Evan Green didn’t need to look outside Armchair Books last Friday to know there were lots of tourists in town. He just had to check the bookstore’s sales – 45 transactions by noon alone.
"That’s twice as much this morning as usual," the bookseller said.
With a near record number of visitors that story is being repeated around Whistler, which is experiencing a boom in tourist numbers this summer.
A 13 per cent average increase in room nights this spring points to a potentially record-breaking season, says Tourism Whistler, the resort’s tourism marketing arm. If trends like May’s 19 per cent increase and 7 per cent increase in June continue, Whistler could break 2000’s record for room nights sold.
Although Tourism Whistler releases only percentages, not actual numbers of room nights sold, according to municipal records, there were 406,363 room nights sold in 2000.
"This has the potential to be the best summer on record," said Tourism Whistler’s Breton Murphy. "Forecast for room bookings is up 8 per cent over last year and if projected growth occurs room nights sold will outpace 2000 by 4 per cent."
Visitor Information Centre staff have also noticed the increase. With 1,200 visitors on Canada Day, the centre’s Lloyd Craythorne thought July 1 would be summer’s peak day.
"But then the weekends following didn’t seem to slow down," the centre’s lead hand said. "It seems like it’s Canada Day every weekend."
The centre’s three counter staff handled 17,500 requests for information by July 25. Many more visitors dropped by to pick up brochures without stopping to ask questions.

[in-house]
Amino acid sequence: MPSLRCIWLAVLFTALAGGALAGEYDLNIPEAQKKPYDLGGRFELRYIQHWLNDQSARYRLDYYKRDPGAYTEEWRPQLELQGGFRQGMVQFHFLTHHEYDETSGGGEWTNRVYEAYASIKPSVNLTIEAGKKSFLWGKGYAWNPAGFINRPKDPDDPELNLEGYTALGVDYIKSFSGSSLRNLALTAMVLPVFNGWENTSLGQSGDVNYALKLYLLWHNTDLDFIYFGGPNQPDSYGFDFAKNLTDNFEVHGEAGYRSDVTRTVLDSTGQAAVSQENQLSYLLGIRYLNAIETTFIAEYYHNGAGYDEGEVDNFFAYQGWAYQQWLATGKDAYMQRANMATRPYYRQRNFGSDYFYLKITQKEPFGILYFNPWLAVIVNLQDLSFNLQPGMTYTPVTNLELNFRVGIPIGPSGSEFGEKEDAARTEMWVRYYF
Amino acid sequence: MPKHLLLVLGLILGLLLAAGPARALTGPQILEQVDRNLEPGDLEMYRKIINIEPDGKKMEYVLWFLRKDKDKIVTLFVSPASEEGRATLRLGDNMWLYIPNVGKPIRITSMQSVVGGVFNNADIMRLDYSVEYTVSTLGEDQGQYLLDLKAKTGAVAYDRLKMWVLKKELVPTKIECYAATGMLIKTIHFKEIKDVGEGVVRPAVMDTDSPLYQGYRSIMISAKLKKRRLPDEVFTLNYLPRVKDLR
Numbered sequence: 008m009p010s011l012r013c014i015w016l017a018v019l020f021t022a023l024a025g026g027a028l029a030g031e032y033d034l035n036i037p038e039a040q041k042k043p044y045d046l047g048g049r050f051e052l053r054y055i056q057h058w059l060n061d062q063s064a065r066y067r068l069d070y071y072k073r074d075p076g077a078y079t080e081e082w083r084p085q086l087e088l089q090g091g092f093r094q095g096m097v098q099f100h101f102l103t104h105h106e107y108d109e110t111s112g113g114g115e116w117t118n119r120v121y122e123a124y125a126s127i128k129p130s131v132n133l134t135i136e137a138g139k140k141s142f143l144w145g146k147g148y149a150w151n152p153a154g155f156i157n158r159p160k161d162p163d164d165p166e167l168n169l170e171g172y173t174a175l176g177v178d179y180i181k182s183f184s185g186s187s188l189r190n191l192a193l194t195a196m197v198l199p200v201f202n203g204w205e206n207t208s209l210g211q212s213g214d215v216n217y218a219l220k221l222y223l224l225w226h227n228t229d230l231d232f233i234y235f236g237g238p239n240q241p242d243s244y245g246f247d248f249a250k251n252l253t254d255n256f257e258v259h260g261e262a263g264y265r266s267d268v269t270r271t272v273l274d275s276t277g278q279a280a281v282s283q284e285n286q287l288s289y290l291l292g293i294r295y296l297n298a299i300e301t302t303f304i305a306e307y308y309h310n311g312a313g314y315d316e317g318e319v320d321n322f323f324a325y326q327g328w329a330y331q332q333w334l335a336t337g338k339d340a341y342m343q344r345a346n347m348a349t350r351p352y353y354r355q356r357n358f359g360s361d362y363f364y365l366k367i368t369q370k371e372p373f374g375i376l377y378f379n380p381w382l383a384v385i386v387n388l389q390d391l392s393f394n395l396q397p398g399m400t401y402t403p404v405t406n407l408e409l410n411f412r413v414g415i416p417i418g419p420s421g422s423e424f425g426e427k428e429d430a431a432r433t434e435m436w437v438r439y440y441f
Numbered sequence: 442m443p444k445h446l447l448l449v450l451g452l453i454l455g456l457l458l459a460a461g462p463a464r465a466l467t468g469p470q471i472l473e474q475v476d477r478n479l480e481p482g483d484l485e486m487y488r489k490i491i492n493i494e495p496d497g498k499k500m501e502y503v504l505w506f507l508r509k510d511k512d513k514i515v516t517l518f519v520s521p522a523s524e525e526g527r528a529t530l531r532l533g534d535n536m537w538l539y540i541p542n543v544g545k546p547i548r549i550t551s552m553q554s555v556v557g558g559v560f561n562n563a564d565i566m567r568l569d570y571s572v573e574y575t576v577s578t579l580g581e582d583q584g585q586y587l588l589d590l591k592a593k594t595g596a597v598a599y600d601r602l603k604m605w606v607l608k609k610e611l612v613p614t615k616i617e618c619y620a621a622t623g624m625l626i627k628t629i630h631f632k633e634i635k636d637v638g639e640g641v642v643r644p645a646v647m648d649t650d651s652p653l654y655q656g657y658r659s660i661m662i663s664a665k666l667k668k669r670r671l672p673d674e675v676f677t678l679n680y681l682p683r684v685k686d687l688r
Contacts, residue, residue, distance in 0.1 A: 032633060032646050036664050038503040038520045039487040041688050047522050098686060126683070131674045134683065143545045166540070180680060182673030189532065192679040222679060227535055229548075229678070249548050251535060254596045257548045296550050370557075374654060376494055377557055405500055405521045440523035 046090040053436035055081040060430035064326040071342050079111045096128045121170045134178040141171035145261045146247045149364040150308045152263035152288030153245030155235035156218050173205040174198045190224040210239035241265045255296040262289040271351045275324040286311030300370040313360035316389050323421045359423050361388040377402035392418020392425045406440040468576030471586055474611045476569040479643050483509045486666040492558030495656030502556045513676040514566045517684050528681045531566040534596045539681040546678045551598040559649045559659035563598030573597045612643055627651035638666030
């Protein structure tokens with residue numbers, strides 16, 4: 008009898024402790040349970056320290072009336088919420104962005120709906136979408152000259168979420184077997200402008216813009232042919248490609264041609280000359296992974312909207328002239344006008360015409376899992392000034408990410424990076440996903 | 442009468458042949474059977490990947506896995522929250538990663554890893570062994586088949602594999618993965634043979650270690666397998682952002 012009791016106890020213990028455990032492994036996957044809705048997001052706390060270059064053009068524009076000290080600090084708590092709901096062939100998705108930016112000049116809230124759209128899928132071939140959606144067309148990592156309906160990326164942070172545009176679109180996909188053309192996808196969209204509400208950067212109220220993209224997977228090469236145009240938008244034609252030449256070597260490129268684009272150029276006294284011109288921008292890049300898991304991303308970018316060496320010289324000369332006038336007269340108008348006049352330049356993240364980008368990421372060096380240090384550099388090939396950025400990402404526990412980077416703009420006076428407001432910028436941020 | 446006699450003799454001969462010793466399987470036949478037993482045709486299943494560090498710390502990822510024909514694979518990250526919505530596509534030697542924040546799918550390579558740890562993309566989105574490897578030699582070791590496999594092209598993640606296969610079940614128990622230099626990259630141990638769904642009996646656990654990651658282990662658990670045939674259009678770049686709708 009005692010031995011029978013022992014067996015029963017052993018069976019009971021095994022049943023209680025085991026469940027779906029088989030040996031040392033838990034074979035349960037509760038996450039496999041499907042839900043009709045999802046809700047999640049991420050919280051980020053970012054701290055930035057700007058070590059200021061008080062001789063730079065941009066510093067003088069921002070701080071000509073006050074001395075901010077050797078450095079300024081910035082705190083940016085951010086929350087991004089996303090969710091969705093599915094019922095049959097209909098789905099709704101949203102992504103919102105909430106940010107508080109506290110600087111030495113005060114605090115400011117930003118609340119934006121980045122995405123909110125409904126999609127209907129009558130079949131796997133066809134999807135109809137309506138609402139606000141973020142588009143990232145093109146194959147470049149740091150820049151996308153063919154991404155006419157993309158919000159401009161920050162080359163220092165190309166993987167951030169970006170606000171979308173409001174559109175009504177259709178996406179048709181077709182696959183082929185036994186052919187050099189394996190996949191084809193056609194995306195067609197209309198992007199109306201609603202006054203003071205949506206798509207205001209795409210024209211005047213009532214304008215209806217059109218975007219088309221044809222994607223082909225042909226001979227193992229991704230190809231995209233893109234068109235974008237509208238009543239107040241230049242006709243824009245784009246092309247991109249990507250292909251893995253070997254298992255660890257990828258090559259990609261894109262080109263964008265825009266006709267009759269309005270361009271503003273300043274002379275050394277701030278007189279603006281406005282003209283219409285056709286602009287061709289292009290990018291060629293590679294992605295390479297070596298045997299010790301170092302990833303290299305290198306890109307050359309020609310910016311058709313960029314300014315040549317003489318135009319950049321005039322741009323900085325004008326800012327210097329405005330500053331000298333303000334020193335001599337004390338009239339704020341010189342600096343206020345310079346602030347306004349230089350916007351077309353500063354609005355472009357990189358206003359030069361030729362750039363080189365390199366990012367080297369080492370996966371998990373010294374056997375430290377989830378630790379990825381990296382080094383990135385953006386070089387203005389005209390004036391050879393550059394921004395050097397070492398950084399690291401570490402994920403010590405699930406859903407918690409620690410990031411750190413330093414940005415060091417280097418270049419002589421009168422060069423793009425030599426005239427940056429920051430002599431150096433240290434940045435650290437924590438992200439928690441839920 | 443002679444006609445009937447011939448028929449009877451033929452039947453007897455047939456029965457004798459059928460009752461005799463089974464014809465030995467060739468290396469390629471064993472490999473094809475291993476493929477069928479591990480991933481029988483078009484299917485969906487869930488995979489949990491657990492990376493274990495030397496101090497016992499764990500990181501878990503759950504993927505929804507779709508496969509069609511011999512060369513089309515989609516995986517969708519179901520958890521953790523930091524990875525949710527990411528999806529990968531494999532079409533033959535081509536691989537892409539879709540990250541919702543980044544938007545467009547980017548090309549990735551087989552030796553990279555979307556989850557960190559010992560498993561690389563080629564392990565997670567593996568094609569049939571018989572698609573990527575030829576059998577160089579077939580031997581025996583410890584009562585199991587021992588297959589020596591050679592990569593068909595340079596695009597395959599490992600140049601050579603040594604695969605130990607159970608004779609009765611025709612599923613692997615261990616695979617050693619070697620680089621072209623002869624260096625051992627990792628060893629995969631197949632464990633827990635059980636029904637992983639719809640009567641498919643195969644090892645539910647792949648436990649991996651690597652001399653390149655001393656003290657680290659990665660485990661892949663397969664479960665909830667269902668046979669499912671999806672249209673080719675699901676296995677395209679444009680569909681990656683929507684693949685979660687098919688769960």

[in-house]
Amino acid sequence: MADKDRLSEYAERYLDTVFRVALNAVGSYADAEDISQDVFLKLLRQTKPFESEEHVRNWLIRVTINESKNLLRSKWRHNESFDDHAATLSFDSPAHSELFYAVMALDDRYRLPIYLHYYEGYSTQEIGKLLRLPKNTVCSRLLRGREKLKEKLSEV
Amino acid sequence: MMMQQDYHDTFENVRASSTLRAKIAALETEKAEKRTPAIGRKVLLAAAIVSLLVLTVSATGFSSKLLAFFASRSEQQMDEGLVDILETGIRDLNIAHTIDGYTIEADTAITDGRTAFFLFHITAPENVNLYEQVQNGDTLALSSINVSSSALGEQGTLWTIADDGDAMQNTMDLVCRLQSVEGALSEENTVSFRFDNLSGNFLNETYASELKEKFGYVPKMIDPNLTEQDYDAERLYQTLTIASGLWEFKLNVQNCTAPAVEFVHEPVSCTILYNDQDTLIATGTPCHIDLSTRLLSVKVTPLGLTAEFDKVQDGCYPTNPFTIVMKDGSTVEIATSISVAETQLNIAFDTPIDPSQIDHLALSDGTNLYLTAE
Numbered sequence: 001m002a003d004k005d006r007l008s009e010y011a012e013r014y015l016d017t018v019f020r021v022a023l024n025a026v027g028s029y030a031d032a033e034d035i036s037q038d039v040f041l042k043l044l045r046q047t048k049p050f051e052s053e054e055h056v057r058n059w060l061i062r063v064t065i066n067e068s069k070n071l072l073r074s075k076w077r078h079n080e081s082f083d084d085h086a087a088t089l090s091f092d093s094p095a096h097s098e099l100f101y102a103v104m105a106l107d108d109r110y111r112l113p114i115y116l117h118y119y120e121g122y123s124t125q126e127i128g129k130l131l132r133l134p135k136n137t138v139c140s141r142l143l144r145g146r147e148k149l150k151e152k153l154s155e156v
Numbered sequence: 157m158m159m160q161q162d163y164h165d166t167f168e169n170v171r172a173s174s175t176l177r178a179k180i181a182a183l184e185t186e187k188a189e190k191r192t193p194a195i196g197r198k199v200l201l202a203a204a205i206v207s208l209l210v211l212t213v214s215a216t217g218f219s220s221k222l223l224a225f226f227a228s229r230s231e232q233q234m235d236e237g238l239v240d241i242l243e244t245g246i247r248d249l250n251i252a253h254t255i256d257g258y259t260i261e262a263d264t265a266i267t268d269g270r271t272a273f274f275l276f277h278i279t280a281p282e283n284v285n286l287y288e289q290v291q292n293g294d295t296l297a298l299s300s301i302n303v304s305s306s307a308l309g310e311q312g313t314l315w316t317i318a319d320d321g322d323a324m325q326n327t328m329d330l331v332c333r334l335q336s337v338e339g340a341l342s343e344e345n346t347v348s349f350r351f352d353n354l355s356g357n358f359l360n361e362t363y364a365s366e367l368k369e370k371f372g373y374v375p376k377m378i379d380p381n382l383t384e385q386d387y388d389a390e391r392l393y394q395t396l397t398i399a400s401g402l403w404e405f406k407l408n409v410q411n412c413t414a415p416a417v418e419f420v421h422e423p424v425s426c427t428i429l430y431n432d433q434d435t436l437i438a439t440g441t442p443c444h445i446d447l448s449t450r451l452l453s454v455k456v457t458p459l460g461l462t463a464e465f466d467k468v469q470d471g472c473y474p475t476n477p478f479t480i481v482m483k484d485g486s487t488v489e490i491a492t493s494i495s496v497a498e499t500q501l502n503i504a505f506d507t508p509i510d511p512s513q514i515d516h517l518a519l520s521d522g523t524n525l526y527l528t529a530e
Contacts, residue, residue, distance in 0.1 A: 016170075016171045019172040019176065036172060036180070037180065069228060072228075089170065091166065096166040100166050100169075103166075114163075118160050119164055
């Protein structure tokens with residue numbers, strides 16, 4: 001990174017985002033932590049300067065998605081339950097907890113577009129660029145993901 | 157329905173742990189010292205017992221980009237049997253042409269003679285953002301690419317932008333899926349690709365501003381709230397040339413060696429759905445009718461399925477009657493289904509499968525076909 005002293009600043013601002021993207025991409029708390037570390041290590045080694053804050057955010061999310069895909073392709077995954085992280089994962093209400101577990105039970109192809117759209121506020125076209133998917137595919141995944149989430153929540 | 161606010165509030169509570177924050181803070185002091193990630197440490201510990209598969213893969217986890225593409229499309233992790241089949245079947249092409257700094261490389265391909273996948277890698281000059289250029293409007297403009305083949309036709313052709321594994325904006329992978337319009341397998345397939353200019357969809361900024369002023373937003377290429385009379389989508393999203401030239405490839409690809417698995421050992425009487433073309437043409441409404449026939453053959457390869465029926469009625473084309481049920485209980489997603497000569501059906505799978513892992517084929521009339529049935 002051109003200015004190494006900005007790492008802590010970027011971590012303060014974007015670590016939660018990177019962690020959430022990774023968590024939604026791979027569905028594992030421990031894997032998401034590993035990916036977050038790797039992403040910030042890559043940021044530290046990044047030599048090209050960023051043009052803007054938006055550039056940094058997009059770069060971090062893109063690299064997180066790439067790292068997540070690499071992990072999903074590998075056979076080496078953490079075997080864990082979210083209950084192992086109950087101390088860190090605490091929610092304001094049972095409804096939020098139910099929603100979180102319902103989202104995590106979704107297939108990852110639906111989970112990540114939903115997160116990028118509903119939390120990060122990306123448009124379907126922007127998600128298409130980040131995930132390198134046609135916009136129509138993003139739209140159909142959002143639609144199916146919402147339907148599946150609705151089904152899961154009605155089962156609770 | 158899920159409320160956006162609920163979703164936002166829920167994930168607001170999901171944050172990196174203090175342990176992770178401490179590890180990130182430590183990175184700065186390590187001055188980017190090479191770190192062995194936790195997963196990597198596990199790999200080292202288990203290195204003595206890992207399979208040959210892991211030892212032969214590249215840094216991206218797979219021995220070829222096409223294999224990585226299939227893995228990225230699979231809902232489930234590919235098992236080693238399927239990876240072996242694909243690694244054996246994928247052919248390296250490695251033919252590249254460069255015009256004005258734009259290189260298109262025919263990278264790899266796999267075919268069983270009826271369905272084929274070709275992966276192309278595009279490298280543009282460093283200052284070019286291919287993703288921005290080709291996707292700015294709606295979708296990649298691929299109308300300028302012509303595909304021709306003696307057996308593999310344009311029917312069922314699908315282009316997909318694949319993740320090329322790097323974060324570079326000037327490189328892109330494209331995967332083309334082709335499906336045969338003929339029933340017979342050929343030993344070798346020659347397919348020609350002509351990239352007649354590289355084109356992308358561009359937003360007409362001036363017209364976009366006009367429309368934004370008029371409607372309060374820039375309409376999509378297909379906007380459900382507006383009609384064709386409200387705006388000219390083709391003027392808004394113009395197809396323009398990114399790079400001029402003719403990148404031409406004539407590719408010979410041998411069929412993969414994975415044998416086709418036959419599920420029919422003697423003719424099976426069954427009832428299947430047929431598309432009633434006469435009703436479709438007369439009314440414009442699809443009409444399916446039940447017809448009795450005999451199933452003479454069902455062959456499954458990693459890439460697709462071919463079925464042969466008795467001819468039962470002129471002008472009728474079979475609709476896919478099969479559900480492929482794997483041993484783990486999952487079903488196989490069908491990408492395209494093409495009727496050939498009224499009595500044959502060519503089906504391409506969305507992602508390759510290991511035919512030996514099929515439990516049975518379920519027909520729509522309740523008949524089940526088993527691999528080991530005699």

John and Sharon Vercelotti are two of those visitors. Both biochemists, the couple is in Whistler to attend the International Carbohydrate Symposium being held at the Telus Whistler Conference Centre this week. They made an extended vacation of the trip, flying to Calgary for the Stampede and then taking the Rocky Mountaineer passenger train through Banff, Jasper and down to Whistler. What they’ve seen has been a welcome respite from their hometown, Covington, Louisiana, hard hit by hurricane Katrina a year ago.
"The mountains, snow, glaciers – we have none of that at home," Sharon Vercelotti said. "It’s just so fantastically beautiful."
Riverside RV and Camping has been full every night since July 1.
"We’re actually surprised we’re busy this year with the price of gas," the campground’s Charie Santiago said. The facility’s 60 serviced sites, 20 tenting sites and 14 cabins are usually booked by 3 p.m. Santiago said guests are booking four weeks in advance of long-weekends and two weeks ahead for mid-week bookings. An equal number of Canadians and Americans are visiting.
Seattle residents Scott and Rhonna Kallander drove up to Whistler with their children, Paige and Matt, for a weekend getaway. Stopped in Village Square, they said this is an annual Whistler pilgrimage they make that includes adventure activities for the kids and staying in a friend’s village condominium.
Rena and David Hawkridge, of Peterborough, England, made a day trip to Whistler as part of an extensive six-week vacation that included the Calgary Stampede, a Rocky Mountaineer trip to Vancouver and an Alaskan cruise. They managed to include Whistler in between visits to Grouse Mountain, Stanley Park, and Capilano Suspension Bridge.
"We’re very impressed so far," Rena Hawkridge said.
Tourism Whistler’s Murphy noted the Whistler Mountaineer has been a major contributor to Whistler’s 43 per cent increase in tour and travel numbers (visitors who come to Whistler as part of a tour group). As of July 21, Whistler Mountaineer had 38,300 bookings, surpassing its 2006 target of 36,000 passengers.
Murphy emphasized the upward trend is likely to continue.
"There’s still a lot to look forward to this summer," he said. "It’s nice to know we’re on a bit of a wave."